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"Writing for the Ear"

Getting your public relations message on the air is important to most PR campaigns -- "writing for the ear" is some of the most important PR writing you will do. Most people get their news from radio and television. As readership of newspapers continues to decline, broadcast audiences just keep growing.

Some of my students have told me they never listen to radio. That's useful information for my research into the 19-to-21-year-old demographic. But as you will learn from this report by Nielsen, "State Of The Media: Audio Today 2014," those students are not typical of the all-important Millennials demo (18-34). (Download full report here)

Of all the broadcast media -- newspapers, magazines, the Internet, radio and television, the most "believed" is television. Studies show that a story on the TV news has more credibility than the same story in newsprint. This is probably because of human nature -- "seeing is believing."

Also, of all the media -- newspapers, magazines, the Internet, radio and television, the biggest audiences are those for radio. Think about how many radios you have in your life. Think about how often you listen to radio (or at least have a radio playing in the background). Whether driving, exercising, studying, hanging out with friends, waking up in the morning or falling asleep at night -- there's hardly a time when you don't have a radio beaming messages at you -- and the target audiences you are trying to reach.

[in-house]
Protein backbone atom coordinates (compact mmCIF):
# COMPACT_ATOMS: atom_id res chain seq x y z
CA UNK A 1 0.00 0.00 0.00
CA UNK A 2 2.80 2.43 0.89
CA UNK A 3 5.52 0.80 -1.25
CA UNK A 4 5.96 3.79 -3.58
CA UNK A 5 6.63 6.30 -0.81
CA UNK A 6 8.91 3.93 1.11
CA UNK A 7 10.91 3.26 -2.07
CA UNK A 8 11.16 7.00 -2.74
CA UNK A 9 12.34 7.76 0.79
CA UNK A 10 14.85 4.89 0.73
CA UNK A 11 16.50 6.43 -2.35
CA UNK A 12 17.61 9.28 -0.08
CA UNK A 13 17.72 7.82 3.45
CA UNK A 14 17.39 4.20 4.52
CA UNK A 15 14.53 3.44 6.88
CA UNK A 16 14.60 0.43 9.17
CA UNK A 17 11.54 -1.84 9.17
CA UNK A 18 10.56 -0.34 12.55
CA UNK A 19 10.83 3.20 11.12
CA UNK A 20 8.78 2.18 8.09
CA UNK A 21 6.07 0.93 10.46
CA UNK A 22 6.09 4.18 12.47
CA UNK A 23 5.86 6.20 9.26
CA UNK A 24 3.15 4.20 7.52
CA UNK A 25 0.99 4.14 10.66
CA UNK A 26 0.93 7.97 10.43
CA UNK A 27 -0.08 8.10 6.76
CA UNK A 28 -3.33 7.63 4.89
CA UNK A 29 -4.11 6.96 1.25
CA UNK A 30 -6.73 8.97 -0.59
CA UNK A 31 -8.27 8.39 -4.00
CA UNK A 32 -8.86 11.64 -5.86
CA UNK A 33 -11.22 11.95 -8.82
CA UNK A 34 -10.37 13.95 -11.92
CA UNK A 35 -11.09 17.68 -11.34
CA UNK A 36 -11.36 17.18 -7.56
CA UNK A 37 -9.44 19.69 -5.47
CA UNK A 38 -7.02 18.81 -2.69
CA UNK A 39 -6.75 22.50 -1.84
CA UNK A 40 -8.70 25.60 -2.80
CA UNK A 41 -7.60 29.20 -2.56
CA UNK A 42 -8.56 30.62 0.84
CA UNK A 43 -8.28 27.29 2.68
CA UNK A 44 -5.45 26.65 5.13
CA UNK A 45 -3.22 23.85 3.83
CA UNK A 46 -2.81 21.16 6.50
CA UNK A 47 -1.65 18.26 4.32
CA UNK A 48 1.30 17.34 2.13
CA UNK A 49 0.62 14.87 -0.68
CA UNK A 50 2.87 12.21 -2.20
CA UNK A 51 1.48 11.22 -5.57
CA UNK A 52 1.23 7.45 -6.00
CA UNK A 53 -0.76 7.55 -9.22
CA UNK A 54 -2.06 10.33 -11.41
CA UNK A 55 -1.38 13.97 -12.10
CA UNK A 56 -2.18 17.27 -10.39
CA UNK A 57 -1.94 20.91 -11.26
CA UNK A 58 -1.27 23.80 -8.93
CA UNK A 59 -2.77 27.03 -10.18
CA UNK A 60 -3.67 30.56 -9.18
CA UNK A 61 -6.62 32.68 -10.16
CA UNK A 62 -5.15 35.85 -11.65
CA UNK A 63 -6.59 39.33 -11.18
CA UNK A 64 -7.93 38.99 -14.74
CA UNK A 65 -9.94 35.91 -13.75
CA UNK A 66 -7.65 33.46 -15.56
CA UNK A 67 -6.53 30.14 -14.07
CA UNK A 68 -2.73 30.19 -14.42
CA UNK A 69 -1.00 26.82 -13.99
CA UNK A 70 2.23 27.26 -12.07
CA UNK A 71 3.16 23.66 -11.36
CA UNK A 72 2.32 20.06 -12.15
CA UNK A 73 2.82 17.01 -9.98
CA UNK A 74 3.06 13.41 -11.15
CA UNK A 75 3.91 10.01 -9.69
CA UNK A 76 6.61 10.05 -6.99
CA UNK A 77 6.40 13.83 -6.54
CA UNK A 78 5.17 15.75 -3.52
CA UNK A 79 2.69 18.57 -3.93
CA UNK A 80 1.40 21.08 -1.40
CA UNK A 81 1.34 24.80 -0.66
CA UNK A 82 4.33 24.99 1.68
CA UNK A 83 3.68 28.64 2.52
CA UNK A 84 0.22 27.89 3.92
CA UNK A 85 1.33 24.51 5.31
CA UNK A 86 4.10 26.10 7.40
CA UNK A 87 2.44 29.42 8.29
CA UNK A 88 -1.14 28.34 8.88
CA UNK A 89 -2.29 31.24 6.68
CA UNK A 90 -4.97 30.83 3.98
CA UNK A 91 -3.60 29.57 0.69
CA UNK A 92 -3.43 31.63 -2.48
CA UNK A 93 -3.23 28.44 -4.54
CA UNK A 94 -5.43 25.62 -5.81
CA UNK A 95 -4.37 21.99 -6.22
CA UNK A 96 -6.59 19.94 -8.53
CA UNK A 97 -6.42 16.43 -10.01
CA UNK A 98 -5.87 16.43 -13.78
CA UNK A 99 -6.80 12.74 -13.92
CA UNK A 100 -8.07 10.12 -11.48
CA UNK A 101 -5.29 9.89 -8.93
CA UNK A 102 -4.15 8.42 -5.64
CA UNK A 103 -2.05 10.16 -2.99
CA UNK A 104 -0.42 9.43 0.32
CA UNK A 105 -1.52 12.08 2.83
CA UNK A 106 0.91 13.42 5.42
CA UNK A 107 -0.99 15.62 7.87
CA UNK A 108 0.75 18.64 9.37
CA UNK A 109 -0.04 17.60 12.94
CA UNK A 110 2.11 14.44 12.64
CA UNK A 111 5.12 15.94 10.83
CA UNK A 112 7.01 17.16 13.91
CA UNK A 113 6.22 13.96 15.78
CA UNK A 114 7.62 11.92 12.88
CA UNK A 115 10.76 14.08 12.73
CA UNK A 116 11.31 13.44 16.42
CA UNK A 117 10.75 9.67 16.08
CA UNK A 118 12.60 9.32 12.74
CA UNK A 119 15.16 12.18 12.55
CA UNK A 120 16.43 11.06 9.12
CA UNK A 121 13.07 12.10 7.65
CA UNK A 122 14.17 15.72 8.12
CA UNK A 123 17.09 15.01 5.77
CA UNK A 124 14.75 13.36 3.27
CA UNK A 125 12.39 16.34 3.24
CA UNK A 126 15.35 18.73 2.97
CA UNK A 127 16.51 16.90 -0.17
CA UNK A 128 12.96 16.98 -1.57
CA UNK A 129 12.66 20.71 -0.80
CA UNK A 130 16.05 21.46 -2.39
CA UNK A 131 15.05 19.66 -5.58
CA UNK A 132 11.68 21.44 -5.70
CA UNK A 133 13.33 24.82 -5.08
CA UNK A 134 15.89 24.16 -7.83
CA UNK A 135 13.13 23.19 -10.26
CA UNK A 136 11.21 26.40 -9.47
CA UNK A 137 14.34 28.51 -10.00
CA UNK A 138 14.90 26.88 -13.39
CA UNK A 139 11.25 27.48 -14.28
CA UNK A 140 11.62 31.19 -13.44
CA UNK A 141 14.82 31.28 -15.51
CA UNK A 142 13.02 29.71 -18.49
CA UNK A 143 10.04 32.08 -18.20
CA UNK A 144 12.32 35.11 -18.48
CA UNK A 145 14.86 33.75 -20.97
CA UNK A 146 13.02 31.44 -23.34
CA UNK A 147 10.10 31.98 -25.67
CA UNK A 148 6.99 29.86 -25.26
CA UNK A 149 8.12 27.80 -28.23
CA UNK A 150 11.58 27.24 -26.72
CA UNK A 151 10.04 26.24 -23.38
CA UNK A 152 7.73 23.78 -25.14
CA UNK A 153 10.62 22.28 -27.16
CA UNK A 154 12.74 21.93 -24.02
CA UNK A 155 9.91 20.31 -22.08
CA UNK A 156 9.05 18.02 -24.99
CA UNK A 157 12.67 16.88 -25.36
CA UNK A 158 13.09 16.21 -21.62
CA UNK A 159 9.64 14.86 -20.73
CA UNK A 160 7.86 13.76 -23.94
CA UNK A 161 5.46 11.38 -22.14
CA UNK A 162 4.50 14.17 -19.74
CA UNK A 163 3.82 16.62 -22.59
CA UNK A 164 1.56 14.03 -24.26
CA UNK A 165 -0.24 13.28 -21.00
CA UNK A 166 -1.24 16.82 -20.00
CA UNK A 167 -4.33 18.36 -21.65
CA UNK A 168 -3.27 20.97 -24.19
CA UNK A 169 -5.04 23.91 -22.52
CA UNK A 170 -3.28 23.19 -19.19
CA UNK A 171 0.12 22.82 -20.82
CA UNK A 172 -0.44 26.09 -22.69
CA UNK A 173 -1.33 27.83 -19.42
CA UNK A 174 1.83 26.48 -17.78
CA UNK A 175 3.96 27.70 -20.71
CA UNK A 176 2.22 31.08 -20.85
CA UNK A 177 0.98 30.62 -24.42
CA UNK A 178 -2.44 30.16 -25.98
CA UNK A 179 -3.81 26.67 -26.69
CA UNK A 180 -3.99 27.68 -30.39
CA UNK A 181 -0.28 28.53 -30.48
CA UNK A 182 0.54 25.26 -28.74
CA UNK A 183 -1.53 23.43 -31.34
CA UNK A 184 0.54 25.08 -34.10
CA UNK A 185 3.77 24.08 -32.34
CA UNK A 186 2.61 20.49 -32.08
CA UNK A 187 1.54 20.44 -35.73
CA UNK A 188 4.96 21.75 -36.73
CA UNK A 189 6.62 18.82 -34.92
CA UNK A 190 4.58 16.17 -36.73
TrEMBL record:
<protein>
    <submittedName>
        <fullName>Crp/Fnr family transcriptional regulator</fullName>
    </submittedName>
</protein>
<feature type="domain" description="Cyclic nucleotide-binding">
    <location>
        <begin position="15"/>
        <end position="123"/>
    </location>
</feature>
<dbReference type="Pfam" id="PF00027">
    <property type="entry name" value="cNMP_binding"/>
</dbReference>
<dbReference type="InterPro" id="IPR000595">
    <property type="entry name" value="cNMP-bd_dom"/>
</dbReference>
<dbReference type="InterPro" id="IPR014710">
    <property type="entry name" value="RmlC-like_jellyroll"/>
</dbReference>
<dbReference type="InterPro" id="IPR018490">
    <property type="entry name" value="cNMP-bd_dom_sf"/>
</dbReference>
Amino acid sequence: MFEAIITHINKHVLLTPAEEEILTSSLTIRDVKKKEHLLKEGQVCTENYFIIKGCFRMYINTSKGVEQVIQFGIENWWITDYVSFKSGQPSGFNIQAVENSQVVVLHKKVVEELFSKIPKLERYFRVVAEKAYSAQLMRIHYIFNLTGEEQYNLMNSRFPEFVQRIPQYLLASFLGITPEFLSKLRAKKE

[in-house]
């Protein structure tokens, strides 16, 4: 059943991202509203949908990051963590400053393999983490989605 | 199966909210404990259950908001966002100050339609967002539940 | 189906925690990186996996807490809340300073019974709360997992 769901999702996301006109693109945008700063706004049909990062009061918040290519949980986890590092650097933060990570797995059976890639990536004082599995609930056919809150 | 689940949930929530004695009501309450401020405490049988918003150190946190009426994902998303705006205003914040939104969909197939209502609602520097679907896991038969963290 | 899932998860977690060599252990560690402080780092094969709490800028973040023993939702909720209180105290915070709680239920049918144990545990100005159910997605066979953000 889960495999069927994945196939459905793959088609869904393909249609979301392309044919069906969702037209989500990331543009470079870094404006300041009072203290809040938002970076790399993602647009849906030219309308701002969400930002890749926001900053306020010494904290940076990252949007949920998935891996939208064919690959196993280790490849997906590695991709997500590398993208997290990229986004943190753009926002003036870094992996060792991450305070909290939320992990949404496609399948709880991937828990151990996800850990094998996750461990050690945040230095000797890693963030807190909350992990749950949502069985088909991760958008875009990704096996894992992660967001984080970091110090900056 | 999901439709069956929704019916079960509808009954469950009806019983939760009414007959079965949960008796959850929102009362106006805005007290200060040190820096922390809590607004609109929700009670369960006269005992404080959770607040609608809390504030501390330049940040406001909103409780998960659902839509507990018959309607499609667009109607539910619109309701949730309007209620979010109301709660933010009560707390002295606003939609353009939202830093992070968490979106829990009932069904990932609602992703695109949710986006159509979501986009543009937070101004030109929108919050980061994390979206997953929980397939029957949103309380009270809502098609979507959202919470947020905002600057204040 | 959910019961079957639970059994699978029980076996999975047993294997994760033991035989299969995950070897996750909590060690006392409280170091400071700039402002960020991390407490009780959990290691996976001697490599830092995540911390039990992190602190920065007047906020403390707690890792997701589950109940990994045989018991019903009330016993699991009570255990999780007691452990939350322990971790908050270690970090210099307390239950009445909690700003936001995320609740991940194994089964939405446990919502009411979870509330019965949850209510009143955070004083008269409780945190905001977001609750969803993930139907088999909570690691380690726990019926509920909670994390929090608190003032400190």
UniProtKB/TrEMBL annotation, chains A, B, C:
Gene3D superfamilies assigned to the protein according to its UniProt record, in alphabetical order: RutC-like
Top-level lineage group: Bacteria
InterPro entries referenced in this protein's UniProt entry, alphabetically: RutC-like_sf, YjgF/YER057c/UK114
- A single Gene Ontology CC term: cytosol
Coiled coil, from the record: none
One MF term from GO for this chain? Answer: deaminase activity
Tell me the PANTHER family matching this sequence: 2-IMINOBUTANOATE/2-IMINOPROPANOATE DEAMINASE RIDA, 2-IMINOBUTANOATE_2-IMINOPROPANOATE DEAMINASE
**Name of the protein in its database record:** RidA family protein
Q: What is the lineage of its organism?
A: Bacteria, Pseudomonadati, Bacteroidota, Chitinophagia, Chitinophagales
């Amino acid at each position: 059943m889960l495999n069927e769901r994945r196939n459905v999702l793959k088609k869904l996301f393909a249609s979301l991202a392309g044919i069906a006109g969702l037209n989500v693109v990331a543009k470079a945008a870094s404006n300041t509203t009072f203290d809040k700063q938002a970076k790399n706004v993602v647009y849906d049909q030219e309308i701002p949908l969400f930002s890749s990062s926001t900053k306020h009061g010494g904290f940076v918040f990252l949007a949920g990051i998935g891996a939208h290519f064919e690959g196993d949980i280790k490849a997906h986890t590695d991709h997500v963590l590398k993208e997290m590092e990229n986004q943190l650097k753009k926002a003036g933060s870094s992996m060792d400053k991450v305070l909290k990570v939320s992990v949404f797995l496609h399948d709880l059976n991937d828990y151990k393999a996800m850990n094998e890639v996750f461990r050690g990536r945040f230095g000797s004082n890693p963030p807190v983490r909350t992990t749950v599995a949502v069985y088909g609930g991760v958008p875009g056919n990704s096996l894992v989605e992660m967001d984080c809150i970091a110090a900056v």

So it's easy to see how important it is for you to write effectively for the broadcast stations, as well as the newspaper editors. As a PR writer, you are competing with many others who are fighting for the same narrow strip of "turf." The stakes are high, since airtime is prized publicity -- but the competition is stiff, for the same reason. You need to do everything you can to improve your survival odds.

The broadcast media have very little time available for news. On the typical broadcast station, one-half hour is actually equal to only 22 minutes of content -- the other eight minutes are consumed by advertising and station identification. If you put all the content of 22 minutes into a newspaper, how many pages do you think you'd need?

    four pages?
    about one page?
    one-fourth of a page?

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